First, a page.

If you know us well, you will know that we have been watching our fair share (and a few other peoples') of teen dramas. Mostly since the last bit of my pregnancy with Jack, when I could hardly move and Kris was scared to anger the beast. And then after he was born, to pass those evenings of waiting until the last feed of the evening before you can head to bed, sweet bed. We're still watching.

We've made it through Dawson's Creek, and a few others. Now we're working on One Tree Hill. I think this one is our favourite yet. Teen love for me, basketball drama for him. (The basketball, however, is just a hook, and doesn't have much to do with the show, really. But it makes men feel just a little better about watching it.)

Kris' friends have discovered this pasttime of his. One group of his friends here in town consist largely of trades-working, Conservative-voting, gun-toting hunters who would not be caught dead watching anything slightly resembling a teen drama, never mind admitting they like such things. (We wives know the truth. But nice try, guys.) They're nice men. They're just concerned about Kris. Quite concerned. One of his friends told me a little while ago that if it goes much further, they're thinking about a teen drama intervention. It's for Kris' own good, after all.

I can just imagine it. We're watching Dawson's Creek. The guys break in, camera crew in tow. Kris' face displays shock. Then betrayal. He gets hauled off, all the while fighting and screaming, "But I need to find out if Joey and Pacey end up together! NNNOOOOOO!!!!"

Wait until they find out that Kris knits.

I'm such a lucky woman.
Wednesday, November 10, 2010 |

Bacon and Potty Training

My 2 (nearly 3!) year old loves bacon. So does my 28 year old. Because this is a love BOTH father and son share, Kris thinks it's totally acceptable for Sam to eat as much bacon as he likes. I harp on both of them about their bacon eating. And I think the reason Kris gives Sam the bacon freedom he does, is so that he can say to himself, "Well, SAM eats that much". As if that makes it okay.

Now, I would probably be more okay with the bacon eating if it were good farm bacon we were eating. A lot of the food in our house, especially lately, is farm fresh and local. I feel good about that. But I HATE FARM BACON. Hate. Loathe. Can't stand. When I first started dating Kris, I remember being served farm bacon at their house. My mouth was offended. I told Kris that I thought it tasted "gamey". He asked if I knew what that even meant. I've tried it a few times since, and I still hate it. I like bacon that has a bar code and preservatives. And because of that, I'd like to at least limit the amount of sodium and preservatives that go into my child's body. Kris, apparently, has no such goal.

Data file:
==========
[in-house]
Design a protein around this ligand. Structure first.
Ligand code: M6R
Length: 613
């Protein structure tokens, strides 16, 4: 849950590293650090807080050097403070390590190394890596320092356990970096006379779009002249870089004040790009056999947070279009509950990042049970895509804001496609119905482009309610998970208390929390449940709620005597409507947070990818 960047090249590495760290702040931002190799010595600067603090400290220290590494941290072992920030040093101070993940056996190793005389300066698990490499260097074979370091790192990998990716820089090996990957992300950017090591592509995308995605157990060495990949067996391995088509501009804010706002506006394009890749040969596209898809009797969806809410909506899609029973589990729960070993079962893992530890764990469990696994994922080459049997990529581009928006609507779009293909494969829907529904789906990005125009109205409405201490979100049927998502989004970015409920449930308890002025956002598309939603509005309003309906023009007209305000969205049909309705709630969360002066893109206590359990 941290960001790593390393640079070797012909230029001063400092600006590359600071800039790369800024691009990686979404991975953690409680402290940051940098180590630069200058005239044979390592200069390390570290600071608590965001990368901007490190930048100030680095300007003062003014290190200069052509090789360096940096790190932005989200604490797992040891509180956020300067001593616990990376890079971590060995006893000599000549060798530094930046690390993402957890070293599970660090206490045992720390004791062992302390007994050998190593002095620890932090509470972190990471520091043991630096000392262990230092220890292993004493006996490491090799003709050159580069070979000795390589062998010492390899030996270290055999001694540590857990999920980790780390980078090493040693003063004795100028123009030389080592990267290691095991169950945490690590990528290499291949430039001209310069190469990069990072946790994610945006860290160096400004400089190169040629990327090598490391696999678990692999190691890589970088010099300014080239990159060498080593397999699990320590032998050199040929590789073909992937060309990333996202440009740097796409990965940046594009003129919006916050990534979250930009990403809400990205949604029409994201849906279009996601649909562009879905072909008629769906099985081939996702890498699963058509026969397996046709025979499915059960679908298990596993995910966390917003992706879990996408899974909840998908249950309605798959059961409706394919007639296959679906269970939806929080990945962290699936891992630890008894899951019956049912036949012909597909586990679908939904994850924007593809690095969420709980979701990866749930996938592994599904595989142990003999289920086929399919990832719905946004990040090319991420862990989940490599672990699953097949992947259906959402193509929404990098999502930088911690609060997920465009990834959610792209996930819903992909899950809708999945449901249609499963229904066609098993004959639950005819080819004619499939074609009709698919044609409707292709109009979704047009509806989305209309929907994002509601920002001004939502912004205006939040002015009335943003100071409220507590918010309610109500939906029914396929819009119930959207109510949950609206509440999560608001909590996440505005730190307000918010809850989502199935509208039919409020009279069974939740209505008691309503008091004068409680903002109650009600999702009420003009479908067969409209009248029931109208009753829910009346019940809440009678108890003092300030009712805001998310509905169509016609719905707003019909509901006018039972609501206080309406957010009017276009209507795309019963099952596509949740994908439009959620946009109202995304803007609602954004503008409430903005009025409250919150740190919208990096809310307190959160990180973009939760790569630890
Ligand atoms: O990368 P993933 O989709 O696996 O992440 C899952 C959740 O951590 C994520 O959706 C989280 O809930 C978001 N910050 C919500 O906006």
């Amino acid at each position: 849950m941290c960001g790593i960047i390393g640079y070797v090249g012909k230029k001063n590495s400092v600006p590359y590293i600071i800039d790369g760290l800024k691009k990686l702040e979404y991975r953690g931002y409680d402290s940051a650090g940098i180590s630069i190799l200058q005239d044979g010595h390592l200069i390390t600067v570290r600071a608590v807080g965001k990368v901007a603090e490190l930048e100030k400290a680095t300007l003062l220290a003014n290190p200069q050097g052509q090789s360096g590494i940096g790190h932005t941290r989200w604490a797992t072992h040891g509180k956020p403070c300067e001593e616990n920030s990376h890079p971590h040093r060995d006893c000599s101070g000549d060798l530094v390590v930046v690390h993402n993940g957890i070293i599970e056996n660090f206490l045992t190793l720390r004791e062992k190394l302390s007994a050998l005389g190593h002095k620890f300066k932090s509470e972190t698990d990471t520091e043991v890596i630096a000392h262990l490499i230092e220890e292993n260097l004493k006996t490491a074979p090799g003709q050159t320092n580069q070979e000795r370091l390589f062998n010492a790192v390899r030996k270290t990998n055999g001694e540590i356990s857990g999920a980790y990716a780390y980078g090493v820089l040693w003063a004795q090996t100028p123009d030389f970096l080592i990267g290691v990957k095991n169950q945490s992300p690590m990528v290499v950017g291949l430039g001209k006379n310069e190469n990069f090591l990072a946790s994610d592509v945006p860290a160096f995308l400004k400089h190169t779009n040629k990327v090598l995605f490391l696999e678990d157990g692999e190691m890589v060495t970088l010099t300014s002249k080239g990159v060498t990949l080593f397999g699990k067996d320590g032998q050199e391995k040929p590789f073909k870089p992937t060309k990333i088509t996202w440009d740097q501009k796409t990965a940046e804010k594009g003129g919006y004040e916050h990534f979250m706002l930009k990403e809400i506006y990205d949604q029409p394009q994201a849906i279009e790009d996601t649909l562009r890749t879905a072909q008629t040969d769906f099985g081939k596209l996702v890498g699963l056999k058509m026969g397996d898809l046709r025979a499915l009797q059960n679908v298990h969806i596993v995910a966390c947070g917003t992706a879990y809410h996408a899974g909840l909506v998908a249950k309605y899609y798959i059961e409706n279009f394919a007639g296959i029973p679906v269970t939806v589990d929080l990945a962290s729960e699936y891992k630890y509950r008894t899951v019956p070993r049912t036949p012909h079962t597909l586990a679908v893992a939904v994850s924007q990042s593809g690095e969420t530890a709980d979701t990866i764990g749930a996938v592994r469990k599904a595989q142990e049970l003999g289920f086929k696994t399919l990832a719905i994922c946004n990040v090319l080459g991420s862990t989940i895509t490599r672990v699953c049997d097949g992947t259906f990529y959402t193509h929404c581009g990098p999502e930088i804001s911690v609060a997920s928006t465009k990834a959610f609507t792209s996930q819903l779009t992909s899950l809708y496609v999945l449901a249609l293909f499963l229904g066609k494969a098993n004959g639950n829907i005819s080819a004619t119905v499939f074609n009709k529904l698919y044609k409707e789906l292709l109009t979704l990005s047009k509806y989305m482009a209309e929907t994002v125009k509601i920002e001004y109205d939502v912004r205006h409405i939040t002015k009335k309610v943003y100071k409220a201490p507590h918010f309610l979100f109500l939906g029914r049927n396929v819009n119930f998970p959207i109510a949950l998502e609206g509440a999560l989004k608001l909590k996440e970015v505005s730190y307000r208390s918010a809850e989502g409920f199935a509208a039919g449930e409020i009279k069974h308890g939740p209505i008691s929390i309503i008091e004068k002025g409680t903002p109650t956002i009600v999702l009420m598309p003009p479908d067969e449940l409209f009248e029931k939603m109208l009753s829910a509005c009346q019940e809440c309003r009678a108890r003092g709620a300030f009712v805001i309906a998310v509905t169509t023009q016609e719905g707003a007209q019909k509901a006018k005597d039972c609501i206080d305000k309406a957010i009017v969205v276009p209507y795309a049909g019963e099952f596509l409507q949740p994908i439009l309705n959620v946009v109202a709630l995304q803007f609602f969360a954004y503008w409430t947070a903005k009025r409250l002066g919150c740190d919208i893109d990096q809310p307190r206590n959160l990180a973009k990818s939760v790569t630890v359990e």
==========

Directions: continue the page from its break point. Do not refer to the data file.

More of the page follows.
Anyways, I became aware of the propensity of the bacon issue a few weeks ago. Sam is potty trained, but still asks for treats after he goes. I usually give him one, or hope he forgets and then I'm off the hook. At this particular point in time, we had some left over bacon in the fridge. Sam knew about it, and had snuck a piece a time or two already. I think you may see where this is headed. Sam went pee on the potty. Then he came out, and said to me,

"Mom, can I have piece of bacon for going pee on the potty?"

There is a serious problem when your child wants bacon as a potty-training treat. Kris was there, and he was lovin' it. And he gave Sam the bacon. ("What?! Positive reinforcement!")

We are so weird.


And as a bit of a tangent, while looking for a photo of bacon, I found something FAR weirder than potty training with bacon. Who does this stuff? Who are these people? Whoever they are, they make me feel a heck of a lot more normal.

Tuesday, November 9, 2010 |

About Obedience and Mittens

I struggle with being obedient. With trusting that still small voice that runs so deep in me. I struggle with listening to - no, following through with - those gentle prompts from my Father. I hear Him. I know what He tells me. I just don't always do it.

I think a lot of us know how the cycle works. You feel something rising up in you, a little stir in your belly. You know what you're supposed to do. Go talk to that lady, and tell her she's beautiful. Invite that homeless man into a coffee shop and fellowship with him. Call a friend you've lost touch with. Love someone who's "unlovable".

And then the flesh kicks in. They're going to think I'm weird. That's just silly. But who might see me? What are they going to say? What if I'm rejected? I'm sure I'm not the only one who experiences this rigamarole when God lays something on my heart.

Some wise words I recently heard come to mind: Be obedient in the private, and God takes care of the public.

I'm learning to stop listening to those silly voices in my head, and instead obey the one voice that I know speaks truth. I'm learning to be obedient and faithful to what God is prompting me to do, and to trust that God has a plan with it. Even if I never see the ripples.